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What are the Types of THC & Their Differences?

Mon, Nov 22, 2021 | Reading Time: 4 minutes

What are the Types of THC & Their Differences?

THC has been pretty infamous for a while now. Critics say it causes couch-lock, laziness, or even temporary insanity. But such things couldn’t be much further from the truth! 

The reality is that different types of THC can have radically different effects — and every type of THC has an ideal dosing strategy. Keep reading to learn more about the various types of THC and their physical properties.  

  • The history of THC research
  • THCa
  • THCv
  • Delta-8 THC
  • Delta-9 THC
  • Delta-10 THC
  • THC-O

The history of THC research

The medical community is learning more and more about cannabis with every passing year. What we’ve seen so far is really just the tip of the iceberg; it’s likely that cannabinoids have even deeper effects than we once thought. 

What we do know for sure, however, is that the cannabis plant produces six different types of THC. Lead researchers call these different types THC isomers. The full list includes: [1

  • THCa
  • THCv 
  • Delta-8 THC
  • Delta-9 THC
  • Delta-10 THC
  • THC-O

Let’s take a look at these isomers one by one. 


THCa, short for tetrahydrocannabinolic acid, is the ‘raw’ form of THC. This cannabinoid is only found in raw cannabis or hemp. Pick a few buds of a mature cannabis plant, for example, and you’ll be getting lots of THCa and very little normal THC. 

THCa is the only form of THC that has no psychotropic effects. In other words, you can eat an entire raw cannabis bud and you’ll feel very little. You certainly won’t get high! 

THCa’s chemical structure explains the source of this difference. The cannabinoid is slightly too bulky to pass through your blood-brain barrier and bind to CB1 receptors, which is exactly how ‘normal’ THC instills its psychoactive effects. THCa’s preference, on the other hand, is to receptors located throughout the peripheral body. Its only effects on your brain are indirect ones. [2

But don’t think that THCa is lacking in health benefits. Its potential benefits include:  

  • Seizure reduction
  • Body fat reduction
  • Appetite regulation
  • Blood sugar regulation
  • Relief from muscle spasms 
  • Relief from arthritic symptoms
  • Relief from autoimmune illnesses
  • Relief from muscle or joint inflammation

The easiest way to experience THCa’s power? Simply eat some raw cannabis! Juiced cannabis leaves reportedly go great when thrown in a smoothie.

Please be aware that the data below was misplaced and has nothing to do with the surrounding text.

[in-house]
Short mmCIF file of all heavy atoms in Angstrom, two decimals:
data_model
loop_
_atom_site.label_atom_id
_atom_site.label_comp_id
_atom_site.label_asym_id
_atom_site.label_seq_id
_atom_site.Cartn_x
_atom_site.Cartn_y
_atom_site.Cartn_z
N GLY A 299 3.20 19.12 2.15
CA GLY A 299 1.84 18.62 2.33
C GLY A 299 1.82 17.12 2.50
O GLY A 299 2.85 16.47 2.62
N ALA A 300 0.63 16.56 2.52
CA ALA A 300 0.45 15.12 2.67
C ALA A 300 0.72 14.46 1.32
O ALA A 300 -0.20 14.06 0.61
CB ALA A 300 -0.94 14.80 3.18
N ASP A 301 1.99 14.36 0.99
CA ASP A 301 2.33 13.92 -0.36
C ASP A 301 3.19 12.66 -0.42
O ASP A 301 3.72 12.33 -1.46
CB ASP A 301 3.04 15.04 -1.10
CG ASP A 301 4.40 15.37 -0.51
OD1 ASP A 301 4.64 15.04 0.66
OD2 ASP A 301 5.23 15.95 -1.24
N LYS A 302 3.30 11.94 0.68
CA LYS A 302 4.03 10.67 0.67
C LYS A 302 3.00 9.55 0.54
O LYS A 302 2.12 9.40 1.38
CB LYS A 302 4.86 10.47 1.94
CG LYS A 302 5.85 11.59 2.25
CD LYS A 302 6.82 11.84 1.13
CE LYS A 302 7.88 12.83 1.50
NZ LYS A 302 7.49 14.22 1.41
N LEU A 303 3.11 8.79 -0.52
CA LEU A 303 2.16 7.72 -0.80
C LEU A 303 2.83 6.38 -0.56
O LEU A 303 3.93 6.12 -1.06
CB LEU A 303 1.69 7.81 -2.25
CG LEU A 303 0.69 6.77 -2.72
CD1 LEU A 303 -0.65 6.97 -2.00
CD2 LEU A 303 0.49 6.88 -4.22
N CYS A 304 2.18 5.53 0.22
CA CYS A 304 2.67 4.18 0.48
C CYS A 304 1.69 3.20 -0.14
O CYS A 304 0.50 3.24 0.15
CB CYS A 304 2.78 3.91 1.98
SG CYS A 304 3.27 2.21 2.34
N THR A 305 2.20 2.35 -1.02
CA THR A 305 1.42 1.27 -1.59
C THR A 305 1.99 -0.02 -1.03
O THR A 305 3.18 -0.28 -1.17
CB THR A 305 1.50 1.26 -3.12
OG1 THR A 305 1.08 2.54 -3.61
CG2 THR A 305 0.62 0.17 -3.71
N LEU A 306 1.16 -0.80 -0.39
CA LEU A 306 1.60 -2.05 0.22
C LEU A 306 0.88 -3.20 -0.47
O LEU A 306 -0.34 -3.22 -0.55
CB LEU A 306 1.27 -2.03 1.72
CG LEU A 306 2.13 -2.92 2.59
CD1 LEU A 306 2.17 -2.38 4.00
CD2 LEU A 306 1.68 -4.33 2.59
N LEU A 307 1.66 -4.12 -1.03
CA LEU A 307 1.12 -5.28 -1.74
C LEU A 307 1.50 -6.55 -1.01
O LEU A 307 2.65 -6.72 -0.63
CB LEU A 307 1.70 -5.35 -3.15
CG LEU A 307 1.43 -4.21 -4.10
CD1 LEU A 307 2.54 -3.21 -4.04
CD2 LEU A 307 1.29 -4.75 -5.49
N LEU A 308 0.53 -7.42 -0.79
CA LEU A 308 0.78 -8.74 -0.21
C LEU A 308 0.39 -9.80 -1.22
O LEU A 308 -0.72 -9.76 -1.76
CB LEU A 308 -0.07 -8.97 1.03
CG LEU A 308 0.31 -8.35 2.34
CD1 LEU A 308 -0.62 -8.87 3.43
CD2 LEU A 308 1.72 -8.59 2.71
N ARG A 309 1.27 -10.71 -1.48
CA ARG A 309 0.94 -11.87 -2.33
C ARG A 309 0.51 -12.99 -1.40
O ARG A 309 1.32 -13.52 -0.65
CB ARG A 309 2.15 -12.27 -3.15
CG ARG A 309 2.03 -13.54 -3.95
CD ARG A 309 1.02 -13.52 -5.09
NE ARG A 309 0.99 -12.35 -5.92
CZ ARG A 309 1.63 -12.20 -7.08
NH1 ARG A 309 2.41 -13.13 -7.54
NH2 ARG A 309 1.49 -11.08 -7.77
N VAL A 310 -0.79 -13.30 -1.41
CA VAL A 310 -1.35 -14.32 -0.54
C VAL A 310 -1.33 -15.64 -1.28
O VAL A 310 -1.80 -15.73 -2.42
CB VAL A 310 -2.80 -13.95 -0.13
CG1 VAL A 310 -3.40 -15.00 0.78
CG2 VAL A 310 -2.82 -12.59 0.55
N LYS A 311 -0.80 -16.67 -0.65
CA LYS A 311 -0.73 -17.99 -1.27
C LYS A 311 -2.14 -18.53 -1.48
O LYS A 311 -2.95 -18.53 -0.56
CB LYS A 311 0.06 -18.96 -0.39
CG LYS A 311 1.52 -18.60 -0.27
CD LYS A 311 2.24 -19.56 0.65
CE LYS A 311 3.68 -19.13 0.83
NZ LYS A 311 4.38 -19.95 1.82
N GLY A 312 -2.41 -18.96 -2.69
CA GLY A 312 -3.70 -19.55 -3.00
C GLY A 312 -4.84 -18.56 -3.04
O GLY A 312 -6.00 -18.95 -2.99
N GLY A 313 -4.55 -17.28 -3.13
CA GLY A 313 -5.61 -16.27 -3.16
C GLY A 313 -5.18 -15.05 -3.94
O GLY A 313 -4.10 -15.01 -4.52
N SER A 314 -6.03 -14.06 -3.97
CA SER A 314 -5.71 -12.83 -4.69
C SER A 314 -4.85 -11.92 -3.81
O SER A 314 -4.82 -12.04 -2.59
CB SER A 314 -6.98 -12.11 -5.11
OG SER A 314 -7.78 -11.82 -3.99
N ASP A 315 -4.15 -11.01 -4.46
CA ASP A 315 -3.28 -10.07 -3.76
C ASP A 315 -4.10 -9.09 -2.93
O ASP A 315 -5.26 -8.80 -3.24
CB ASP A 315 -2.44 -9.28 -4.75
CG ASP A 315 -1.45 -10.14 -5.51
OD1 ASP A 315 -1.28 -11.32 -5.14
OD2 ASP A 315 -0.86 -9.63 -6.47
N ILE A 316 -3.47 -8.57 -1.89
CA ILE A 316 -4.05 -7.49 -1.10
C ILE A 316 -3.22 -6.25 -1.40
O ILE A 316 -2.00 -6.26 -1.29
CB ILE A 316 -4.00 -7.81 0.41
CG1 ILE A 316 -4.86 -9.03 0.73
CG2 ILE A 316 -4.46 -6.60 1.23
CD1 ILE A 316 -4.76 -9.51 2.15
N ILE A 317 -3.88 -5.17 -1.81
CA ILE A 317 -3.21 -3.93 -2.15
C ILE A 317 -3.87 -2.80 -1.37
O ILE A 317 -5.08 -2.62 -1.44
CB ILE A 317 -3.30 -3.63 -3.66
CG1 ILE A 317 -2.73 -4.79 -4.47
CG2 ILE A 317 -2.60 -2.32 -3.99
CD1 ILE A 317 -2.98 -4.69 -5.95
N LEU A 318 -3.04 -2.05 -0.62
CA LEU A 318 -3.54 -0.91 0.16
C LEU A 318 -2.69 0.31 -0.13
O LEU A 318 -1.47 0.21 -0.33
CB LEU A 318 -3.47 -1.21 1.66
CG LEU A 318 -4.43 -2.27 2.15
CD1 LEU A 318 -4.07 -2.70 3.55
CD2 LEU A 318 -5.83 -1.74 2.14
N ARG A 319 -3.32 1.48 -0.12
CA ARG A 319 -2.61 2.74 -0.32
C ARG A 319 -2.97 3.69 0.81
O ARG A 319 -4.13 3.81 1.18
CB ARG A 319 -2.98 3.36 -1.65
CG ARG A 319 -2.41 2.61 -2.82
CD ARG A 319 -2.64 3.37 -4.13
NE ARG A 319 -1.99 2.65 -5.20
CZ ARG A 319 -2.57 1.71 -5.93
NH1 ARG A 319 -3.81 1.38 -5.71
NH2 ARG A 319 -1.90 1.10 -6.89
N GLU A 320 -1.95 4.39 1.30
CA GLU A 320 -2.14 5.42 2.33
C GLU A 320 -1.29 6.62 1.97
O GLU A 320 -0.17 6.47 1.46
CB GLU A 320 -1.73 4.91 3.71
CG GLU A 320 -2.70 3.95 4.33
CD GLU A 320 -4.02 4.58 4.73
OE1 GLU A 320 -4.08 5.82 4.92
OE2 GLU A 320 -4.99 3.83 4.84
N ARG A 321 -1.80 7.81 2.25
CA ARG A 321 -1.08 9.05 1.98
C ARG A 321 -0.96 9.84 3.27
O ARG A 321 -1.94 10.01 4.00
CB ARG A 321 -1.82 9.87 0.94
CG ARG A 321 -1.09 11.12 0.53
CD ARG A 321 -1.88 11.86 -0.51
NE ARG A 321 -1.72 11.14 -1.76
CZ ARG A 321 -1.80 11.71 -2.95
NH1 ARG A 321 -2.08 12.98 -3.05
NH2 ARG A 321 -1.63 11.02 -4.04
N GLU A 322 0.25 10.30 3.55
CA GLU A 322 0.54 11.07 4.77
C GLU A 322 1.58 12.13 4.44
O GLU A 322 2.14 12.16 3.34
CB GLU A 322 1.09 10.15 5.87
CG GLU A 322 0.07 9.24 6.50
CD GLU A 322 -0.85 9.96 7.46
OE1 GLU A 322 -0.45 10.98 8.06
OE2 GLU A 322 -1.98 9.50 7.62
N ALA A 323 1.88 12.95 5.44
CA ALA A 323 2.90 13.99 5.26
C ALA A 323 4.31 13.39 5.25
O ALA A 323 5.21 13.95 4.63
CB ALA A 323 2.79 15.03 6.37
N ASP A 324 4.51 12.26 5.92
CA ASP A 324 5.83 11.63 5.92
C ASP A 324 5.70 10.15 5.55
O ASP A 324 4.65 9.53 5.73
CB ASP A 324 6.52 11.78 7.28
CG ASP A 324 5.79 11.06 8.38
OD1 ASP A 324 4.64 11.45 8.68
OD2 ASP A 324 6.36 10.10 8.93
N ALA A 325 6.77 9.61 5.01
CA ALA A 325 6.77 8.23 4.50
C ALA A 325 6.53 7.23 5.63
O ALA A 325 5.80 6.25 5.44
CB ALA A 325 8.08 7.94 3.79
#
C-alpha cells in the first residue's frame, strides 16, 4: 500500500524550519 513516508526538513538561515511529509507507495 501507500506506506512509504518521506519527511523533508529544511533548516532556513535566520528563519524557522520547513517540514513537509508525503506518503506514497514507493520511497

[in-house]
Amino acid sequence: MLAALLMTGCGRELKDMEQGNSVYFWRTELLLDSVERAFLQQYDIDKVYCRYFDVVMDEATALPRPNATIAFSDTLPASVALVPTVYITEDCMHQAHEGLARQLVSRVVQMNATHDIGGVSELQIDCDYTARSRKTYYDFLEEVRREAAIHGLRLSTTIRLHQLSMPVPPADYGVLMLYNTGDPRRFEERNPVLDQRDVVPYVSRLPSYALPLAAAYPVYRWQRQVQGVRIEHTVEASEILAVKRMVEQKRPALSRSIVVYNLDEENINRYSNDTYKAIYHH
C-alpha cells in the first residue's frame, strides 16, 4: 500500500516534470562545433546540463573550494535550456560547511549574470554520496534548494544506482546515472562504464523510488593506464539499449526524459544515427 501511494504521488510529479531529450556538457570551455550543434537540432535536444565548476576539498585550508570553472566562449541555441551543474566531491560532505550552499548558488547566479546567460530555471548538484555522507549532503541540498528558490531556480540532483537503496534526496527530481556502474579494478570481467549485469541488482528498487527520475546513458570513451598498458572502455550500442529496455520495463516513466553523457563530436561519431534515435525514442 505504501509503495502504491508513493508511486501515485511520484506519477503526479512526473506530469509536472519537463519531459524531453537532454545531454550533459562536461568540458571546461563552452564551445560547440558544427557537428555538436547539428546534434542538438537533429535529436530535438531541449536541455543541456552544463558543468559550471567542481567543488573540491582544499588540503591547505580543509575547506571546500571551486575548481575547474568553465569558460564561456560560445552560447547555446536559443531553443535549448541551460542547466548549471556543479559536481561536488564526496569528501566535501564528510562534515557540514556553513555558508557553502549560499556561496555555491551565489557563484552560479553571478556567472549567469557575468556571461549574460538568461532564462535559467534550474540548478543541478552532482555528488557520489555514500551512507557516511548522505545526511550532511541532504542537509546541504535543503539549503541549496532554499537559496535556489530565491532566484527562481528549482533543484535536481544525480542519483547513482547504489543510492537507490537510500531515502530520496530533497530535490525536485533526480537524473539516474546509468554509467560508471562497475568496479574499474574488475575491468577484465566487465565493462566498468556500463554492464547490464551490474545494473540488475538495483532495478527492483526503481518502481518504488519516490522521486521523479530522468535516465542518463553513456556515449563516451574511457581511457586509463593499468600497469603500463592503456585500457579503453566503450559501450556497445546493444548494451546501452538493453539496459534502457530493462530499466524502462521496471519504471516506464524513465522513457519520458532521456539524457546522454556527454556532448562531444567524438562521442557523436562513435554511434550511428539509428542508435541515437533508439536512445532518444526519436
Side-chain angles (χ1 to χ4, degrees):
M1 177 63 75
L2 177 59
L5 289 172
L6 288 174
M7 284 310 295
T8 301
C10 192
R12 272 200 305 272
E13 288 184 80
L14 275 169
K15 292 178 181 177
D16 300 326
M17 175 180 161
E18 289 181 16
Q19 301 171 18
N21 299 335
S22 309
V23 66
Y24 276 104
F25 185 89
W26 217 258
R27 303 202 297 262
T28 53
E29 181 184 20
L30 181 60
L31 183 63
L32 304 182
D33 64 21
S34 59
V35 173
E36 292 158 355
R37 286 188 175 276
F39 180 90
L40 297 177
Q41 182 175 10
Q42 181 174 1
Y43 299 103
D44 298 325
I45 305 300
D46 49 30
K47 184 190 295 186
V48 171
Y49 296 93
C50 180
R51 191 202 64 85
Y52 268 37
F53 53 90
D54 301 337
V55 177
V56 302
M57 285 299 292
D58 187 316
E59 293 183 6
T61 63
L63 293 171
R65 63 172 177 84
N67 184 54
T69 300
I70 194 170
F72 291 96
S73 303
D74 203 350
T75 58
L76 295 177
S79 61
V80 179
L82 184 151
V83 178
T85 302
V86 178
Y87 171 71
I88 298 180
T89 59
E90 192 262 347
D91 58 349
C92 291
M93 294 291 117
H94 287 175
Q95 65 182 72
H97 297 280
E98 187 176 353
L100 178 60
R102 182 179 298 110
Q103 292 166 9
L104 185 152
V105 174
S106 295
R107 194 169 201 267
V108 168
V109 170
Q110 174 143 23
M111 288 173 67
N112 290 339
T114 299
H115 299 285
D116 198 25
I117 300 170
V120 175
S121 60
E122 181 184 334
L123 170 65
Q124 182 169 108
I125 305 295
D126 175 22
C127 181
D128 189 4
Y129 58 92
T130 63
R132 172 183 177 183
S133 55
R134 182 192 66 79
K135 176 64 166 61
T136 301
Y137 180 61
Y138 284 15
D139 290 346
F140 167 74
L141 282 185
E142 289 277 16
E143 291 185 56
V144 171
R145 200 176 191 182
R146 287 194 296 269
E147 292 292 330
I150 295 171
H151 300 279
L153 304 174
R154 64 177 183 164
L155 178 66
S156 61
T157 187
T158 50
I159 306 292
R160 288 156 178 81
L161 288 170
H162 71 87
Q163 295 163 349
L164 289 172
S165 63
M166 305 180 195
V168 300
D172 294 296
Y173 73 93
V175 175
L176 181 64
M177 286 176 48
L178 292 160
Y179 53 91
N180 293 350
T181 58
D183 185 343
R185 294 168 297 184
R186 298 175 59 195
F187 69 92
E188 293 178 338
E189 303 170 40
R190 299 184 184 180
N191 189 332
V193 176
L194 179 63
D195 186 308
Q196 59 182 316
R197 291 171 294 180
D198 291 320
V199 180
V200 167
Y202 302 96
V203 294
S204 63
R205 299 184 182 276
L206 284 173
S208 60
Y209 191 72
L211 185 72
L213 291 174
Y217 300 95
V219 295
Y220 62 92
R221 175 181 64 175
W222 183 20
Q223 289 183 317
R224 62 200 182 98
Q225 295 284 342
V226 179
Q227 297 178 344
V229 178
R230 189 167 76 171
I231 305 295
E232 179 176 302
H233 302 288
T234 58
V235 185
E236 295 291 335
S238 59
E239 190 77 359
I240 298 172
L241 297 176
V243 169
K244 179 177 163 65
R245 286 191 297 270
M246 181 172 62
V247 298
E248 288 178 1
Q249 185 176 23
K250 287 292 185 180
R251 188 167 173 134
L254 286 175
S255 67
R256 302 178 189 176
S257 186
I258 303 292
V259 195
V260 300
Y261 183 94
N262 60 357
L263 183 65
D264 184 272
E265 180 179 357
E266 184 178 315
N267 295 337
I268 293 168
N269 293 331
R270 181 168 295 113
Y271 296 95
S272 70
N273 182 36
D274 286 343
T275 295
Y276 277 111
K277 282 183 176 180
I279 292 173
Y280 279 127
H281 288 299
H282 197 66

THCv, or tetrahydrocannabivarin, is another popular THC isomer. Unlike THCa, however, THCv isn’t just an earlier form of THC. It’s a different form altogether — a form that only specially-bred cannabis cultivars produce. 

Users say that THCv produces a gentler, more stimulating high than regular THC. Its effects may not last as long, either. THCv’s potential health benefits include:  

  • Seizure reduction
  • Appetite suppression
  • Relief from blood glucose spikes/diabetes
  • Relief from pain and inflammation-related swelling 
  • Relief from degenerative bone conditions

In case you didn’t catch it from the list above, there’s one glaring difference between THCv and ‘regular’ THC: the regular stuff stimulates your appetite, while THCv can actually be used for appetite suppression. Some pharmaceutical companies have gone so far as to speculate that THCv could make a great over-the-counter appetite drug. [3

For those of us who don’t have access to experimental drugs or research chemicals, it may be easier to source THCv from a cannabis/hemp strain that’s been bred to contain larger-than-normal amounts of it. If you’re ready to experience THCv for yourself, here are a few helpful hints: 

  • Consider microdosing (this dosing strategy pairs well with THC’s quick onset time)
  • Dial up your vape settings (THCv’s smoke point is much higher than regular THC’s)
  • Really cook those THCv edibles (for the same reason as above)

Delta-8 THC

If THCa is the precursor to most types of THC, then delta-8 THC might just be the post-curser. 

In other words, ‘regular’ delta-9 THC gets slowly converted to delta-8 when it’s exposed to light or heat. Delta-8 isn’t quite as strong as its better-known sibling — but it still has a delightful range of effects. Its potential health benefits include: [4

  • Enhanced appetite
  • Enhanced memory formation
  • Relief from pain/inflammation
  • Reduced nausea and vomiting
  • Neuroprotective properties

In the past the only way to access delta-8 THC was through specially-bred cannabis cultivars. Times have changed, however, and today hemp-derived D-8 is available through a number of premium products. 

Delta-9 THC

Delta-9 THC is arguably the most famous cannabinoid of all. It’s certainly the most famous type of THC!

Contrary to what you might be thinking, delta-9 THC isn’t produced in large volumes by either cannabis or hemp plants. Nope — it’s produced when the THCa we mentioned earlier gets transformed by heat into its new form. (This heat-driven process is called decarboxylation.) [5

Heating up the THCa molecule causes it to shift and shrink down into a form of THC that is readily absorbed into your brain. As you might expect, delta-9 THC has powerfully psychotropic mental effects.